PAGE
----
Jesus, the Master of the winds and the waves, is our refuge and shelter in the storms of life (Luke 8:25). His Word can guide us to safety both in this world and the next one. He has promised that we will safely reach our eternal home, if we follow His instructions. In John 10:28, Jesus says to each of us: “My sheep listen to my voice; I know them, and they follow me. I give them eternal life, and they shall never perish.”

The question is: Are we listening and are we heeding the words of the Master? If we are going to survive the storms, we must. ~ Janie Kellogg

 

Who’s the Boss? March 6, 2013

Filed under: Christian Living — Janie Kellogg @ 9:04 pm
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“What does the word lord mean?” my pastor asked from the pulpit on Sunday morning. “It means boss,” came his simple answer.

 

Interchangeable terms: lord means bossboss means lord.

 

I suppose someone is the boss of everything. We all like to think we are the boss of something—our own lives, at least. Even the youngest among us, attempting to declare independence from their parents, sometimes say: “You’re not the boss of me!”

 

Many Christians openly say that “Jesus is Lord.” We use the term loosely. By that, do we mean Jesus is the boss of our lives? If we call Him Lord, then indeed, that is what we mean.

 

I’ve always considered myself a good employee, but sometimes I wonder how I measure up to what the Boss tells me to do? Certainly, I do not want to hear these words, “Why do you call me Lord, Lord, and do not the things I say?”1 Ever wonder who Jesus might be talking to here.

 

A poem written more than ten years ago, titled “Since Self is on the Throne,”2 speaks to that very issue. It also speaks to the inevitable fact that dying-to-self is a lifetime struggle for most of us. Sprinkled with a hint of humor, a touch of satire, the poem exposes the crux of our modern-day, rights-oriented culture.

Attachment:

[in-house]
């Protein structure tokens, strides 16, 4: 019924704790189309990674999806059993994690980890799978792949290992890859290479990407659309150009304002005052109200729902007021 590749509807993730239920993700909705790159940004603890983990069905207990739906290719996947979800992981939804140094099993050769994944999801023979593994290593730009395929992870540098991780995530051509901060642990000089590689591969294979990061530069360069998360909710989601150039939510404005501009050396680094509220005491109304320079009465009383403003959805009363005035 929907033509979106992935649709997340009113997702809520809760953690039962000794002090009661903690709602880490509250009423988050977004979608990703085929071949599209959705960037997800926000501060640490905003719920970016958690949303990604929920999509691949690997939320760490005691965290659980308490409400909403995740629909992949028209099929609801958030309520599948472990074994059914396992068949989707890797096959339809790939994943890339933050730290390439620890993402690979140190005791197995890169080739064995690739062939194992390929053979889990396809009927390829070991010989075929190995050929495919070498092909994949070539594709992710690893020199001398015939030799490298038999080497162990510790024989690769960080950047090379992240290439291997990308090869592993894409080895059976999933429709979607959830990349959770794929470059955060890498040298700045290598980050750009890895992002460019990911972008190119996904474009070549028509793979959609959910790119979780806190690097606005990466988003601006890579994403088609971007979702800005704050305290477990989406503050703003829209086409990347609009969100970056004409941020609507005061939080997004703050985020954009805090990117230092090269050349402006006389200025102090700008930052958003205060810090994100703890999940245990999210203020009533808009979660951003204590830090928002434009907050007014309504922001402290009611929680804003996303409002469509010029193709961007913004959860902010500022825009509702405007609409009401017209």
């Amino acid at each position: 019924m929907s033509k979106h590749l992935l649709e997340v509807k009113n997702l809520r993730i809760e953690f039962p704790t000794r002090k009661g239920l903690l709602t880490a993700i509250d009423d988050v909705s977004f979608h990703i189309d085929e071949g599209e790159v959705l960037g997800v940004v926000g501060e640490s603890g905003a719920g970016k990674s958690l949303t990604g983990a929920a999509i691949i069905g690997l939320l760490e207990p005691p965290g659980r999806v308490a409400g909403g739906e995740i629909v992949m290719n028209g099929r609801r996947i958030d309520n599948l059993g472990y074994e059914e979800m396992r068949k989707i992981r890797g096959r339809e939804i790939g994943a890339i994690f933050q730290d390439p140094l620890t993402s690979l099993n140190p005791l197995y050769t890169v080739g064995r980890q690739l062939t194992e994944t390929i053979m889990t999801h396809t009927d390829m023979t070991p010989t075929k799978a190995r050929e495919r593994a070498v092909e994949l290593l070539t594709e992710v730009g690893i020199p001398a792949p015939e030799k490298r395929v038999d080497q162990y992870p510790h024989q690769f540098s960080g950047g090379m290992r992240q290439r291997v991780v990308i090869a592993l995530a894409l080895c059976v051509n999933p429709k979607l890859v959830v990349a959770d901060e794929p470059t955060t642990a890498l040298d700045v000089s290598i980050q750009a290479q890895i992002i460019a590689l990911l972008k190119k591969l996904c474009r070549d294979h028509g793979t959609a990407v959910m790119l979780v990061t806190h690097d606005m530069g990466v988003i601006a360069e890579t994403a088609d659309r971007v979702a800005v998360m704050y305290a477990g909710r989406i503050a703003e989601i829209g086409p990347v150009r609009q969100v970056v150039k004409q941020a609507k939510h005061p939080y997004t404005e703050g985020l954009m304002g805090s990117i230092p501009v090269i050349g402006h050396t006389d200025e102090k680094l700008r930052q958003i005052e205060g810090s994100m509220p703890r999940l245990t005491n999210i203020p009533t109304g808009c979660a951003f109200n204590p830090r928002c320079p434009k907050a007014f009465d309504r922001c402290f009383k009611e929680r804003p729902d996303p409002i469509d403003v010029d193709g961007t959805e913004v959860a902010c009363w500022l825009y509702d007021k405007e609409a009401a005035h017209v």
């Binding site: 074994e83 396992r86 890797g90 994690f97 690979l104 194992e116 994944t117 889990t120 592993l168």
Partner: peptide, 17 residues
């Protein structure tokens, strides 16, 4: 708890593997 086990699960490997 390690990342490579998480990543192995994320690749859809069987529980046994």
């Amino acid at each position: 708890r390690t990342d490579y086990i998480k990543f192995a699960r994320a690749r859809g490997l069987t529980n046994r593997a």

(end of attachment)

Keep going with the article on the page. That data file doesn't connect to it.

Is it possible a poem could help us see ourselves more clearly—reveal the very things that keep us from experiencing the victorious and powerful Christ-like, Christ-centered, Spirit-filled life that Jesus promised to us?

 

Might we even laugh at ourselves—if in fact we see similarities within our own character? Those things Jesus could easily discern in all men. The Bible says that Jesus didn’t trust men because, “He knew what was in man.”3 He knows our hearts, our motives, and certainly, who is in our throne room. He knows, regardless of what we say loosely.

 

Perhaps, God will speak through a poem to help us identify who the Boss is in our house (our bodily temple). We might uncover the answer to the obvious:  Is Jesus actually on the throne of our lives where He rightfully belongs—that is, if we openly call Him Lord?

 

The poem is posted separately under the title “Since Self is on the Throne.”1 We just never know what God might use to unearth the treasures that await all who seek. ~ Janie Kellogg

 

1Luke 6:46

2Treasure in Earthen Vessels, “Since Self is on the Throne,” a poem, March 6, 2013

3John 2:24-25

 

The New ME! February 27, 2013

There is a huge war going on and it’s not the war in Afghanistan, Iraq, or anywhere else in the world. Actually, it’s much closer to home. The war that prevails, that is the most concern to my life, is inside me!